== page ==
Charles Ives’ Overture and March “1776”
Notes by TŌN violinist Angeles Hoyos
Charles E. Ives was an American composer, one of the most influential composers of the 20th century. His father, George Ives, who conducted bands, orchestras, and choirs, inspired him in many ways, including his bold music experiments. Charles Ives studied music at Yale under Horatio Parker. After college he decided to go into business, and worked in insurance for 30 years. All of his works were composed in his free time. Ives created his own innovative musical language through his experience with American vernacular music, sacred protestant hymns, and European musical traditions.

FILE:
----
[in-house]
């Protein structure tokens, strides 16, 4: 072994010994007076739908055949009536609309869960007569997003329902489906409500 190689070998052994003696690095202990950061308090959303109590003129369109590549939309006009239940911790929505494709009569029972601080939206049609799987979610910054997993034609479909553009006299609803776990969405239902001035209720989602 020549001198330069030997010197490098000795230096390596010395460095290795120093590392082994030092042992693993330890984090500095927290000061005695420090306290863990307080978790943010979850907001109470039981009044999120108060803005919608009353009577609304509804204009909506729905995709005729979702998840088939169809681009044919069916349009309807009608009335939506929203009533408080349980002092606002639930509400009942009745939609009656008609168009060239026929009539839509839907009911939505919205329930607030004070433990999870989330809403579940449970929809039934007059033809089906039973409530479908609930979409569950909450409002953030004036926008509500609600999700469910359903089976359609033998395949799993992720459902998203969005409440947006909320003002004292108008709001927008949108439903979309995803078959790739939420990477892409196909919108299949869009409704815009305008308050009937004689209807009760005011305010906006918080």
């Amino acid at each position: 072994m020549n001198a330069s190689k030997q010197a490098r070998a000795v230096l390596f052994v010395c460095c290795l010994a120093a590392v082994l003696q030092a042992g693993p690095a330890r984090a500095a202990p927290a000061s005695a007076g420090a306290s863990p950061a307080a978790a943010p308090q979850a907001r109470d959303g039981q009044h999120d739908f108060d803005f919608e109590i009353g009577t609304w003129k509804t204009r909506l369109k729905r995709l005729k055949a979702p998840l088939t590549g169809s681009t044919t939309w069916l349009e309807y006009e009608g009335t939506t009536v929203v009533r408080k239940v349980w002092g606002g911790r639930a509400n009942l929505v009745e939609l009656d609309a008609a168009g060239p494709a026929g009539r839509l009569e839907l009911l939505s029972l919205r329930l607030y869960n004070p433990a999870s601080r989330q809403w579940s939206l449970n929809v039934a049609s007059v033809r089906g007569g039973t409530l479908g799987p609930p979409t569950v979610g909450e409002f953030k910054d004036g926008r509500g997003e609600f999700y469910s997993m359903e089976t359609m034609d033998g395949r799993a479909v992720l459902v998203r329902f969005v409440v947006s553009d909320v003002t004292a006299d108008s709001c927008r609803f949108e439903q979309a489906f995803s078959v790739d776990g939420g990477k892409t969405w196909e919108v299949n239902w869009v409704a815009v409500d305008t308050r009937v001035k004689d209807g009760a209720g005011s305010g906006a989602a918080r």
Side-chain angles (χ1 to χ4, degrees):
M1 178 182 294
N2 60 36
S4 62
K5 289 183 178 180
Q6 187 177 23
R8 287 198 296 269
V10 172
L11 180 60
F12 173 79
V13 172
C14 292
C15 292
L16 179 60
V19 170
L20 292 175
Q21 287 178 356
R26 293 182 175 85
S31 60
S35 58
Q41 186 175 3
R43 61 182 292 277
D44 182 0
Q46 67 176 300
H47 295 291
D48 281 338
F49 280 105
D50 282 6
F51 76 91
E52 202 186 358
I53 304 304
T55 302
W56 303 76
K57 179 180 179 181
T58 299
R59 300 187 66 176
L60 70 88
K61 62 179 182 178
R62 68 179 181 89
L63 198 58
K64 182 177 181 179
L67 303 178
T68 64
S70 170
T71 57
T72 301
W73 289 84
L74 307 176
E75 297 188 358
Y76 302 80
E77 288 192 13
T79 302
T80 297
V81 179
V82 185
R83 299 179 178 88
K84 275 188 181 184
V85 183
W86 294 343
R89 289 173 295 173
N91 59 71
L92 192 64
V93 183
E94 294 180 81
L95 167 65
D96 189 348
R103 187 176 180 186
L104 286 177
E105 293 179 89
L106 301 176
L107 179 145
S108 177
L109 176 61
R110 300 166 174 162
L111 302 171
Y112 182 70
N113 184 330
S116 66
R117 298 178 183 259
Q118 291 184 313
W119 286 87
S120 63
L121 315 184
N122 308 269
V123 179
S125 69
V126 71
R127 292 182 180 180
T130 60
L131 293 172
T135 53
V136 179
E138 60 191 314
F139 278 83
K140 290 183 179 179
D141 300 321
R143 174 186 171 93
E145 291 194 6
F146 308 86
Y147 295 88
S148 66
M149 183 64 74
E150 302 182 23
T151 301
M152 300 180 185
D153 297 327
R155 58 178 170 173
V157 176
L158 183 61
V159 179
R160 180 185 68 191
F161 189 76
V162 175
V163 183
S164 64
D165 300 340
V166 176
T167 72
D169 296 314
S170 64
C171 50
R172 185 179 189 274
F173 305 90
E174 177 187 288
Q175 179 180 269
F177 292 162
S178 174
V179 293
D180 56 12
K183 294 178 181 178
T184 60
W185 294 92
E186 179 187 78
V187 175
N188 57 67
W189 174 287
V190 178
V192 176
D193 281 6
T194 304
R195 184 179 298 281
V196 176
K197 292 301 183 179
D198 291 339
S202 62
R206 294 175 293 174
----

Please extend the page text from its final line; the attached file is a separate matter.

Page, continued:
The set of two pieces, Overture and March “1776,” was inspired by the events of July 4, 1776, the day of independence in the United States. They were written for small or theater orchestra (flute, oboe, clarinet, cornet, tenor, piano, bells, snare drum, bass drum, cymbal, and strings). Ives put 1903-4 as the dates of the set, but as with some other compositions for which no manuscripts survived, Overture and March “1776” could be dated differently (1909–10). In the first forty seconds, we hear the overture that was originally composed for an opera, based on a revolutionary play by Ives’ uncle—but the opera was never created. In the overture, we can enjoy the effects of polytonality; Ives was one of the first composers to use it, for example, in “The Unanswered Question.” The use of band instruments and triumphal sounds in the march are among the signature elements of Ives as an American composer. In this march, we hear many tunes and rhythms marching together and sometimes simultaneously—as it happened in Danbury in Ives’ childhood, when his father experimented with several bands. They also remind us of Ives himself playing drums in his father’s band (“on a rubber-top cheese box or on the piano,” as Ives recolled in his Memos). The march was also used by Ives in the second movement (“Putnam’s Camp”) in Three Places in New England. Overture and March “1776” was performed for the first time nearly 70 years after it was written, on March 3, 1974, in New Haven, Connecticut by the Yale Theater Orchestra under James B. Sinclair.